replaced them with the term ``BIE-funded'' school in Priority 4.
    Comments: None.
    Discussion: After further review of the proposed application 
requirements, we have made one additional change. In Proposed 
Application Requirement 1, regarding general requirements, the 
reference to pre- and post-assessments was meant to elicit from the 
applicant whether or not an assessment, as required under proposed 
Program Requirement 1, is already available to use for the Native 
language proposed, and if not, whether these grant funds will be used 
to support development of the required assessment. However, the 
language proposed in the NPP might be misinterpreted to mean that a 
grantee has the option to not conduct Native language pre- and post-
assessments.
    Changes: We have revised the language in Application Requirement 1 
to require applicants to specify the percentage of grant funds that 
would be used to develop a Native language assessment.

Final Priorities

Priority 1--Develop and Maintain New Native American Language Programs

    To meet this priority, an applicant must propose to develop and 
maintain a Native American language instructional program that--
    (a) Will support Native American language education and development 
for Native American students, as well as provide professional 
development for teachers and, as appropriate, staff and administrators, 
to strengthen the overall language and academic goals of the school or 
schools that will be served by the project;
    (b) Will take place in a school; and
    (c) Does not augment or replace a program of identical scope that 
was active within the last three years at the school(s) to be served.

Priority 2--Expand and Improve Existing Native American Language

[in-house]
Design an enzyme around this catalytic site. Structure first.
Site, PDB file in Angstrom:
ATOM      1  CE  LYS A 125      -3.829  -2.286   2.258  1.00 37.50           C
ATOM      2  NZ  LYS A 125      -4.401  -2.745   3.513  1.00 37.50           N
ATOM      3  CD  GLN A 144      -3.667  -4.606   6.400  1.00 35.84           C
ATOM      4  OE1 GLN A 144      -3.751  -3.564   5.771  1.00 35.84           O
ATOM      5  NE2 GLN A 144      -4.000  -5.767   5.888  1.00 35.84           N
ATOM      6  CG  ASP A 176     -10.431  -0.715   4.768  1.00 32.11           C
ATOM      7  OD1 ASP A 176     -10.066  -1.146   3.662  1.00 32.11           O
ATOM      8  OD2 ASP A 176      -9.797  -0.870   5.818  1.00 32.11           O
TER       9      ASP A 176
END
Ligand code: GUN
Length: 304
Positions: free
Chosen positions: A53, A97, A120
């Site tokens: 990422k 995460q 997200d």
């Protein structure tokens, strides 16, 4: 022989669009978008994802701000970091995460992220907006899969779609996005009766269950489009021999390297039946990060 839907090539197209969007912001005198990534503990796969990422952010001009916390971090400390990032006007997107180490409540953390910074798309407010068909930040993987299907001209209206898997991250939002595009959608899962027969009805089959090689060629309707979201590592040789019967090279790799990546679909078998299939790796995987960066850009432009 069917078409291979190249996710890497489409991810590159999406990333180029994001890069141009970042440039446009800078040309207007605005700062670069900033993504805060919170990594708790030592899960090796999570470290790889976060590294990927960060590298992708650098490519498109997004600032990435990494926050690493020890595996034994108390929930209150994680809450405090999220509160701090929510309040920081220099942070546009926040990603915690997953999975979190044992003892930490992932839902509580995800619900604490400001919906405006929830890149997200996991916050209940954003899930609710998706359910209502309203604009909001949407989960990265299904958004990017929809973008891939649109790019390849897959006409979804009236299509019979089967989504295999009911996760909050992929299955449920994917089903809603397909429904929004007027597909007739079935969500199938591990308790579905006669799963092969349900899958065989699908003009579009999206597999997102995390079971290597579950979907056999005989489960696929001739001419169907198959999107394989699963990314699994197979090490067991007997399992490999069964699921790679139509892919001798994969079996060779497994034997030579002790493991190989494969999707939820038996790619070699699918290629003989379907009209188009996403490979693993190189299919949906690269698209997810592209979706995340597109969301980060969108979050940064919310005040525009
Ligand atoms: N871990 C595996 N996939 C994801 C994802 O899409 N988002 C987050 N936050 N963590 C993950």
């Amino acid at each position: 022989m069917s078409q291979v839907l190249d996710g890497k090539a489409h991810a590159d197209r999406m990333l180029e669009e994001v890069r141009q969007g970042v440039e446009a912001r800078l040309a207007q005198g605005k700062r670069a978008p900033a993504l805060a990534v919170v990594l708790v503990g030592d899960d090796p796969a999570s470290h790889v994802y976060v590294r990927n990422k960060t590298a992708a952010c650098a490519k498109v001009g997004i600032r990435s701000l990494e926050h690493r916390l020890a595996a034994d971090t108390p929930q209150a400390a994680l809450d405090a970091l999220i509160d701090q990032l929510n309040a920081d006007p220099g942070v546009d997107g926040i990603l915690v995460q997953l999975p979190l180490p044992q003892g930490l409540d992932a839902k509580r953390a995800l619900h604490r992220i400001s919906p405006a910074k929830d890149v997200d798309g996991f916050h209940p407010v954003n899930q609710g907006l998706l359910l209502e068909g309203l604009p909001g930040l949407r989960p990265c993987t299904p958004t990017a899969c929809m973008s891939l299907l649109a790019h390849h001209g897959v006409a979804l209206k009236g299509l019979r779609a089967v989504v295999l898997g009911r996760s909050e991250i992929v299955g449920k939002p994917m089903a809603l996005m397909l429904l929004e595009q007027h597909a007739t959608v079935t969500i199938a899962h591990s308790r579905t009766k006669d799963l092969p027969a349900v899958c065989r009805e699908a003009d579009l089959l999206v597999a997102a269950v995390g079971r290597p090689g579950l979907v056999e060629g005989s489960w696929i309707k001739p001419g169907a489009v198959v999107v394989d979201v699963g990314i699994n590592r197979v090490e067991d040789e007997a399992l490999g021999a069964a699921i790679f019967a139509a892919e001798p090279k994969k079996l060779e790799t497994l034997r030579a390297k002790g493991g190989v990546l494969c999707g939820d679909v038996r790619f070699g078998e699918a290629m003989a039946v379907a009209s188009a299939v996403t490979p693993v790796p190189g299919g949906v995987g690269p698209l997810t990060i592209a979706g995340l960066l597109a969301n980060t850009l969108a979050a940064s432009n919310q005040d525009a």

Programs

    To meet this priority, an applicant must propose to improve and 
expand a Native American language instructional program that--
    (a) Will improve and expand Native American language education and 
development for Native American students, as well as provide 
professional development for teachers and, as appropriate, staff and 
administrators, to strengthen the overall language and academic goals 
of the school or schools that will be served by the project;
    (b) Will continue to take place in a school; and
    (c) Within the past three years has been offered at the school(s) 
to be served.

Priority 3--Support Project Sustainability With Title VI Indian 
Education Formula Grant Funds

    To meet this priority, an applicant or a partner must receive, or 
be eligible to receive, a formula grant under title VI of the ESEA, and 
must commit to use all or part of that formula grant to help sustain 
this project after the conclusion of the grant period. To meet this 
priority, an applicant must include in its application--
    (a) A statement that indicates the school year in which the entity 
will begin using title VI formula grant funds to help support this 
project;

[[Page 42308]]

    (b) The percentage of the title VI grant that will be used for the 
project of at least--
    (i) 10 percent of the applicant's title VI formula grant;
    (ii) 20 percent of the applicant's title VI formula grant;
    (iii) 30 percent of the applicant's title VI formula grant;
    (iv) 40 percent of the applicant's title VI formula grant;
    (v) 50 percent of the applicant's title VI formula grant;
    (vi) 60 percent of the applicant's title VI formula grant;
    (vii) 70 percent of the applicant's title VI formula grant;
    (viii) 80 percent of the applicant's title VI formula grant;
    (ix) 90 percent of the applicant's title VI formula grant; or
    (x) 100 percent of the applicant's title VI formula grant; and
    (c) The timeline for obtaining parent committee input and approval 
of this action, if necessary.

Priority 4--Preference for Indian Applicants

    To meet this priority, an application must be submitted by an 
Indian Tribe, Indian organization, Bureau of Indian Education (BIE)-
funded school, or Tribal College or University (TCU) that is eligible 
to participate in the [email protected] program. A consortium of eligible entities 
that meets the requirements of 34 CFR 75.127 through 75.129 and 
includes an Indian Tribe, Indian organization, BIE-funded school, or 
TCU will also be considered eligible to meet this priority. In order to 
be considered a consortium application, the application must include